The Hillsborough inquests commenced on March 31, 2014 and are the subject of reporting restrictions that have been imposed by the Attorney General's office. Liverpool Football Club is respectful of these restrictions and will therefore only be making available updates from other media channels for the duration of the inquest.

The report below - and the witness testimony contained within it - does not necessarily reflect the views of Liverpool FC. Please be aware that the reports on these pages will contain evidence about the day of the disaster which may be distressing.

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Courtesy of the BBC - October 21

A former police inspector who was on duty during the Hillsborough disaster has denied he was "leant on" to ensure his account "toed the party line".

The jury at the inquests were shown two statements made by Philip Woodward.

Mark George QC, who represents 22 of the victims' families, said the first did not mention alcohol, while the second, dated a week later, said fans were "the worse for drink".

Mr Woodward said it was his "recollection" of events.

The former inspector, who was giving evidence at the new inquests into the deaths of 96 fans who died following a crush at the FA Cup semi-final in Sheffield between Liverpool and Nottingham Forest on 15 April 1989, said he was "not aware of any party line or slanted versions".

Mr Woodward's statements were written in the weeks after the disaster, the first on 29 April and the second on 3 May.

Challenging the statements, Mr George said the first "does not contain a single word about alcohol or fans drinking, being drunk or under the influence of drink".

"Your first account, with no reference to alcohol at all and scant reference to abuse from fans, might have been seen as not really fitting the South Yorkshire Police company line, which was basically blame the weren't blaming the fans, you weren't toeing the party line."

Mr Woodward said he did not know what the party line was and could not comment on it.

He said the second account was written after receiving a memo from Ch Supt Terry Wain asking him to "expand" on some areas.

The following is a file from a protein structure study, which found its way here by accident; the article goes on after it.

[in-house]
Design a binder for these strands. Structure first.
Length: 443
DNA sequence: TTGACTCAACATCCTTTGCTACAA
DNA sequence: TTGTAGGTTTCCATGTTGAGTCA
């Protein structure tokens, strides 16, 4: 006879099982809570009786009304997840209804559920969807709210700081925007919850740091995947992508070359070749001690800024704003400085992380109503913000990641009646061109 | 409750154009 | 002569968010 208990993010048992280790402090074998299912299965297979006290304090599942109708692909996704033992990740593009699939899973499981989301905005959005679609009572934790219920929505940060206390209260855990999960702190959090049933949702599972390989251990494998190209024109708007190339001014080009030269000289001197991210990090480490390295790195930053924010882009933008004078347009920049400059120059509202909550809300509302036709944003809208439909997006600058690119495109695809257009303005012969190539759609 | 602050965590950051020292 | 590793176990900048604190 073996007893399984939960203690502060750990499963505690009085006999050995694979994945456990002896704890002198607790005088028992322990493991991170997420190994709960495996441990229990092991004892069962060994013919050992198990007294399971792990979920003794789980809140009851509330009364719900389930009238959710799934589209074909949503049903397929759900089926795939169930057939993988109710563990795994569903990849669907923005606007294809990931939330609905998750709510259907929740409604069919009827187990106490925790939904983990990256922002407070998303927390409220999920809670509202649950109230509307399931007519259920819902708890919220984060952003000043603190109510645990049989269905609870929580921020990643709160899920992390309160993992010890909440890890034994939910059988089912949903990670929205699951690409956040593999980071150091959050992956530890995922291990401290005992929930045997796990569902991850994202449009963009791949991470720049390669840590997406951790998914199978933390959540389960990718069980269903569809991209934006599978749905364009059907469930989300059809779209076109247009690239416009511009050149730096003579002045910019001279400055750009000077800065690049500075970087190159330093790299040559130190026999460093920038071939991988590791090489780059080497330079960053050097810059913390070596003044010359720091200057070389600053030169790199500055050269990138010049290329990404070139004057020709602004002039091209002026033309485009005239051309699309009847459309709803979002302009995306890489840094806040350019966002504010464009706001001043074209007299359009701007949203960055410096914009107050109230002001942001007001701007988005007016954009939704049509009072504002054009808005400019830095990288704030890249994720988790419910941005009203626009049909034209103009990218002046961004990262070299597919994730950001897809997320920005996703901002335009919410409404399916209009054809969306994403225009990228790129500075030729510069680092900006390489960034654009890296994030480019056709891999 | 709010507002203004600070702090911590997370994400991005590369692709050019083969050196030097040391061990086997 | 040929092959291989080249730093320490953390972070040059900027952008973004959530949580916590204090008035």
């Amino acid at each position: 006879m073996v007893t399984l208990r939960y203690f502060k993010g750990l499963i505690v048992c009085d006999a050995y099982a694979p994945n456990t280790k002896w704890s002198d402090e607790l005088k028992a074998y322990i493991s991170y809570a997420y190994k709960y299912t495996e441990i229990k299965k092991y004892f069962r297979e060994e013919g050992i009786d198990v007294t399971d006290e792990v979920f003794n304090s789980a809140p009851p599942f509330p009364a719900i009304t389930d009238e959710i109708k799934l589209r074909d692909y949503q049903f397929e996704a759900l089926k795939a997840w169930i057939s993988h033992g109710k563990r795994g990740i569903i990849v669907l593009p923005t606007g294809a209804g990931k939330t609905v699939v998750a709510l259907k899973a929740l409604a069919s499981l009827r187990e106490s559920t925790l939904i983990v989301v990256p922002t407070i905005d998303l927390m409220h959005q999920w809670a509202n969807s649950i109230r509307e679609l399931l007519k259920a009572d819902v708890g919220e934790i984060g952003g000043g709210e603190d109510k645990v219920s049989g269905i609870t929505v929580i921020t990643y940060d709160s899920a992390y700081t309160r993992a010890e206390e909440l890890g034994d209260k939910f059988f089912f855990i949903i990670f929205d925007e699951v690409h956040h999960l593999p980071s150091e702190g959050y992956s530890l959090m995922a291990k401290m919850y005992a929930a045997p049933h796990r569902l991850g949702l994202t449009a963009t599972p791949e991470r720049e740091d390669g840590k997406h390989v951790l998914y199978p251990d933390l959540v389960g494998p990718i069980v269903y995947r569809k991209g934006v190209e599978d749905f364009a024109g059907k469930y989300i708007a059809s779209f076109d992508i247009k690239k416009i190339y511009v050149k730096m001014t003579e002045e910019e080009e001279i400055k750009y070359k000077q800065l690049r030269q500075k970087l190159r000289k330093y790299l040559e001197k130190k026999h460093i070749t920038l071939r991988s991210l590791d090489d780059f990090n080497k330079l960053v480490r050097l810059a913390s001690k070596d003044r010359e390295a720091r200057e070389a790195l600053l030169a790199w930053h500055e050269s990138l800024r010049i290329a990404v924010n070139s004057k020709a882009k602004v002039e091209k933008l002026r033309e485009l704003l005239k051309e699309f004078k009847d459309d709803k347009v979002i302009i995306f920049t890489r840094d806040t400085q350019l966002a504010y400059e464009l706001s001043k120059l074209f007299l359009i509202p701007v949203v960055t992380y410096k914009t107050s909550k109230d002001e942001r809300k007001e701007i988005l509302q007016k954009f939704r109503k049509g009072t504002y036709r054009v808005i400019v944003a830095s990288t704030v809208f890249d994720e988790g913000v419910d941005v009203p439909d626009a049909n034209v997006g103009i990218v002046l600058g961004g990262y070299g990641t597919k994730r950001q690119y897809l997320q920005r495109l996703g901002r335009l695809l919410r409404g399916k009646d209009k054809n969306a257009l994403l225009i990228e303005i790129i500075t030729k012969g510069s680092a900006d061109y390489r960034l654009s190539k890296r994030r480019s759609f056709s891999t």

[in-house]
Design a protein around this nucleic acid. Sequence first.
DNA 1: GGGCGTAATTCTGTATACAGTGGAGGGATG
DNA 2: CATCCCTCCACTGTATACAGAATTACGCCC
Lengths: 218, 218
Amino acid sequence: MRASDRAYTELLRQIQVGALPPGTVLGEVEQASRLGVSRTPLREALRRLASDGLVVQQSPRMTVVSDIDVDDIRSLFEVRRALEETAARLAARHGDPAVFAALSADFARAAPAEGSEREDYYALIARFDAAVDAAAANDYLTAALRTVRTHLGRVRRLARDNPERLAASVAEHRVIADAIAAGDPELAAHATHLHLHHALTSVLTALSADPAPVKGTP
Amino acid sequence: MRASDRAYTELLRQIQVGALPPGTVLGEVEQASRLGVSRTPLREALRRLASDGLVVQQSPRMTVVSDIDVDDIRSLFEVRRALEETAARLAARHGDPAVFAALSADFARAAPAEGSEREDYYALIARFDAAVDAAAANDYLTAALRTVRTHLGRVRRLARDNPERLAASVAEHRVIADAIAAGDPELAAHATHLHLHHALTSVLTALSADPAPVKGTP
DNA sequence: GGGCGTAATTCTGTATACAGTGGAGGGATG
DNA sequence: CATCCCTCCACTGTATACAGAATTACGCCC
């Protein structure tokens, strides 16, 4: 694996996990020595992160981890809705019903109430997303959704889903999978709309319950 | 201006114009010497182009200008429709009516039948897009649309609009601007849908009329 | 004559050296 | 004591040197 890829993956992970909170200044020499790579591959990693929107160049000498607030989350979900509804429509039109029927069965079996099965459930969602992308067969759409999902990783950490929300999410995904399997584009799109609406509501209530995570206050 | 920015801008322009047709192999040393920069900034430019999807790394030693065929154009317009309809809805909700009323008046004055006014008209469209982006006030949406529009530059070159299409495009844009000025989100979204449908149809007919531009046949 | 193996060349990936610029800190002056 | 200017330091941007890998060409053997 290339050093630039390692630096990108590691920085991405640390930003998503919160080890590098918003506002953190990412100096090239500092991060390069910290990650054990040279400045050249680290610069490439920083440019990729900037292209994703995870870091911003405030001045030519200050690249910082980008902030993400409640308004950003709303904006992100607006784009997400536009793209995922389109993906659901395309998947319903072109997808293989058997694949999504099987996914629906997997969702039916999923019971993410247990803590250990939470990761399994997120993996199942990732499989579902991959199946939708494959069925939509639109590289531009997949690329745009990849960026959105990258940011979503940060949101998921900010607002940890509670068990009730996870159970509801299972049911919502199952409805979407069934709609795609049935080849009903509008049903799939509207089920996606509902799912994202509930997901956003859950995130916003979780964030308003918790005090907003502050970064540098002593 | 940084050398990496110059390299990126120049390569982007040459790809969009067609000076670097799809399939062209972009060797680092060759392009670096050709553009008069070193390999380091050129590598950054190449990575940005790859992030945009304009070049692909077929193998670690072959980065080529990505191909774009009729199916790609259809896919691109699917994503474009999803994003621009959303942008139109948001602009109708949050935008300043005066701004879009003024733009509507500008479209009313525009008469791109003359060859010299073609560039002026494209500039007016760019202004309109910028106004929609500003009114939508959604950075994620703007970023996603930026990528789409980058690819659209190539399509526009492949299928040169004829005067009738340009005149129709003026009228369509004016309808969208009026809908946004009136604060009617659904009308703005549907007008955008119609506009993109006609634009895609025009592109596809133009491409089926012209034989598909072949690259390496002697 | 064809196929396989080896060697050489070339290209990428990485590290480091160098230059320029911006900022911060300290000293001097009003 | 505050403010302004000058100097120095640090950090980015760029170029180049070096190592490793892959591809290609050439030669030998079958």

The jury was told the day after Mr Woodward wrote his first statement, Ch Supt Wain held a police briefing.

Mr Woodward did not attend but his name was mentioned in a document relating to the meeting and interactions with West Midlands Police, the force originally tasked with investigating the disaster.

It stated: "We are negotiating with West Midlands for copies of a number of statements. In the meantime, the officers should be required to provide the full written account that is sought.

"They should aim to be accurate and consistent with previous statements.

"On this point, either Insp Ensor or Cleverly will be allocated Insp Woodward.

"Ch Insp Bettison has a copy of a previous self-prepared statement of Woodward's, submitted in a debriefing exercise - whichever of you is allocated Woodward, please see Ch Insp Bettison."

Mr Woodward said he did not remember being seen by either inspector.

"I was not leant on. Nobody approached me, told me what to write, told me what to put," he said.

"I had no pressure put on me. I followed the Wain request through the memo for that additional information."

Questioned by Christopher Daw QC, who represents Ch Supt Wain, he denied anybody had suggested the wording he should use.

"I was not aware of any party line or slanted versions, when I wrote that recollection, that report. It's my report, my recollection."

Mr Woodward said everything he had written was true, he had never lied and he would not lie, even if someone asked him to.

The inquests, being held in Warrington, continue.